During her last confirmation hearing for the D.C. Circuit Court of Appeals, one Republican senator provided a taste of what we might expect, asking Judge Jackson whether she had concerns that her former experience as a public defender could wind up putting more criminals back on the street. She turned this question around on him deftly. “Having lawyers who can set aside their own personal beliefs about their client’s alleged behavior or their client’s propensity to commit crimes benefits all persons in the United States,” she said in a written response, “because it incentivizes the government to investigate accusations thoroughly and to protect the rights of the accused during the criminal justice process.” Still, we can expect the GOP to try and score political points with the idea that the new justice will somehow empty our prisons of hardened criminals and allow them out among society.

Conservatives will also waste no time playing the race and gender card to seek to tie her nomination to the notion of “woke politics” that is fueling much of their current local activism and fundraising. And they will certainly seek to impugn Judge Jackson’s stellar record as merely some kind of affirmative action-laden choice. On this point, they have already been preparing their supporters. “We can’t allow Biden to give a lifetime appointment to a radical judge simply because she checks the right identity boxes demanded by the left,” wrote Brian S. Brown, the president of the National Organization for Marriage, in a recent fund-raising appeal. Similarly, Carrie Severino, the president of Judicial Crisis Network, wrote this month that Democrats “want payback for their dark money spending in the form of a Supreme Court justice who will be a rubber stamp for their unpopular and far-left political agendas.”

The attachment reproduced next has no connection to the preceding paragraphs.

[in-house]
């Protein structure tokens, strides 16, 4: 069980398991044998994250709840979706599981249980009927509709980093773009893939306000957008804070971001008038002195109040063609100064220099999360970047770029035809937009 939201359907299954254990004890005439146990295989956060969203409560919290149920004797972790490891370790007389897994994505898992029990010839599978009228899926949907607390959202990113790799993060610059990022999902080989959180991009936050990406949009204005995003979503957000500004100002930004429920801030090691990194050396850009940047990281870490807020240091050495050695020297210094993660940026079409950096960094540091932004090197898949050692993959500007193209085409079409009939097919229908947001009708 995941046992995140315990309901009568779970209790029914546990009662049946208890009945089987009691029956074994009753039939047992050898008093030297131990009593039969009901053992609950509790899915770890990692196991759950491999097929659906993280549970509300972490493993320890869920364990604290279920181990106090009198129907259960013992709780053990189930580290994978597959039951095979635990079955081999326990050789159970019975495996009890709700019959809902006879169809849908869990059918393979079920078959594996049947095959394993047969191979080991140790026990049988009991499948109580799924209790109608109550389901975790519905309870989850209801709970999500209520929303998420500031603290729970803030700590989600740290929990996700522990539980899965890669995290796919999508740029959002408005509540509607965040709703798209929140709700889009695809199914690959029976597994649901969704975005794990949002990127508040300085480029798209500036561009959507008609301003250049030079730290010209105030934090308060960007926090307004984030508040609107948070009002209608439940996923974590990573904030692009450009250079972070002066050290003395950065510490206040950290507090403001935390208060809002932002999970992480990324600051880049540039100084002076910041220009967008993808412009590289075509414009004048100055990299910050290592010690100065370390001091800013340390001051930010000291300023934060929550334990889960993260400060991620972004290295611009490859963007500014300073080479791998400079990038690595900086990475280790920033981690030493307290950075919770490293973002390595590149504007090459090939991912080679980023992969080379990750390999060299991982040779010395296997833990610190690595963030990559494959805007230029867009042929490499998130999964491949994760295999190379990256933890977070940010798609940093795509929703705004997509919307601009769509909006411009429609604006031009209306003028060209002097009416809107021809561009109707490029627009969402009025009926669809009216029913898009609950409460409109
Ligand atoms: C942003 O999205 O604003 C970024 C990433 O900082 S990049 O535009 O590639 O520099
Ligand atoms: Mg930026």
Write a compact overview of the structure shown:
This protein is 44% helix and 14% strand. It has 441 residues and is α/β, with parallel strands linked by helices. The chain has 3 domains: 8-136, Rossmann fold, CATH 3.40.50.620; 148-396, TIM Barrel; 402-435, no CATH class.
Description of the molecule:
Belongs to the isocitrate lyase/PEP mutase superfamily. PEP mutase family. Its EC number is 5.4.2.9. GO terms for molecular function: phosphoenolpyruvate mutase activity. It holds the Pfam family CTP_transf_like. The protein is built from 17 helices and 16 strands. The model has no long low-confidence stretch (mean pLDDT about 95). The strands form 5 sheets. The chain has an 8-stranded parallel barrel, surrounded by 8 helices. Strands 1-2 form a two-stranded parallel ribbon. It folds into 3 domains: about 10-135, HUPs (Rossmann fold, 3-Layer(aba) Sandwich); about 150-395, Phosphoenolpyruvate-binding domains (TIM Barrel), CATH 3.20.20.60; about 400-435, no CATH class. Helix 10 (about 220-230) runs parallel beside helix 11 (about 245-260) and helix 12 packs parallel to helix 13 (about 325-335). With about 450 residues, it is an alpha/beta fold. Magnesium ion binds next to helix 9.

Judge Jackson’s supporters have been quick to come to her defense, noting that her 8.9 years of prior judicial experience is greater than the cumulative sum of bench years logged by four other justices who were confirmed: Thomas, Roberts, Kagan and Barrett. This makes her one of the most qualified nominees ever to be put forward and strongly undercuts the right’s arguments that she is in some way merely a token minority woman.

Given what we’ve already seen, the confirmation hearings are likely to hold a mirror up to the conflicts playing out across the nation on race, crime, identity and justice. Democrats have an opportunity to take the high ground and portray attacks on Judge Jackson as veiled racism or sexism—as well as to galvanize the base around the idea of the Democrats as the party of inclusion, representation and progress. In a key election year, this could provide much-needed fuel to help close the enthusiasm gap and turn out voters in November.